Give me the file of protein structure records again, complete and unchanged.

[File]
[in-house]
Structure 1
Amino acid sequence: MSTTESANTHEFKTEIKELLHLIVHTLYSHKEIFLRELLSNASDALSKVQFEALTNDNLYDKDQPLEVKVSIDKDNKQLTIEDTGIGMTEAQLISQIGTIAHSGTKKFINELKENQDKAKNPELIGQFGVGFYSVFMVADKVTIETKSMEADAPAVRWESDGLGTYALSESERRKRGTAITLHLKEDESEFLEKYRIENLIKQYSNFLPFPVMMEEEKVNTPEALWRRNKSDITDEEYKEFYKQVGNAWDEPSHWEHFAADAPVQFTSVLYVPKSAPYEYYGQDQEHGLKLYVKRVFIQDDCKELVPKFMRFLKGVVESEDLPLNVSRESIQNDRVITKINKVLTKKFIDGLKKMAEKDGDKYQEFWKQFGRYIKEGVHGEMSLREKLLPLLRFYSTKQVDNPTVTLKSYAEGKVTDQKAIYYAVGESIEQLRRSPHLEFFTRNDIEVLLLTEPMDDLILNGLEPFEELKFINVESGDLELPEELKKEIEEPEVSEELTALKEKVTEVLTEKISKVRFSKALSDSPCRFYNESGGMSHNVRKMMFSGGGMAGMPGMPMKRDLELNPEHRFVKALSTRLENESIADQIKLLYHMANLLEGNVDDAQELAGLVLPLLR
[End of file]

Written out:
[in-house]
Structure 1
Amino acid sequence: MSTTESANTHEFKTEIKELLHLIVHTLYSHKEIFLRELLSNASDALSKVQFEALTNDNLYDKDQPLEVKVSIDKDNKQLTIEDTGIGMTEAQLISQIGTIAHSGTKKFINELKENQDKAKNPELIGQFGVGFYSVFMVADKVTIETKSMEADAPAVRWESDGLGTYALSESERRKRGTAITLHLKEDESEFLEKYRIENLIKQYSNFLPFPVMMEEEKVNTPEALWRRNKSDITDEEYKEFYKQVGNAWDEPSHWEHFAADAPVQFTSVLYVPKSAPYEYYGQDQEHGLKLYVKRVFIQDDCKELVPKFMRFLKGVVESEDLPLNVSRESIQNDRVITKINKVLTKKFIDGLKKMAEKDGDKYQEFWKQFGRYIKEGVHGEMSLREKLLPLLRFYSTKQVDNPTVTLKSYAEGKVTDQKAIYYAVGESIEQLRRSPHLEFFTRNDIEVLLLTEPMDDLILNGLEPFEELKFINVESGDLELPEELKKEIEEPEVSEELTALKEKVTEVLTEKISKVRFSKALSDSPCRFYNESGGMSHNVRKMMFSGGGMAGMPGMPMKRDLELNPEHRFVKALSTRLENESIADQIKLLYHMANLLEGNVDDAQELAGLVLPLLR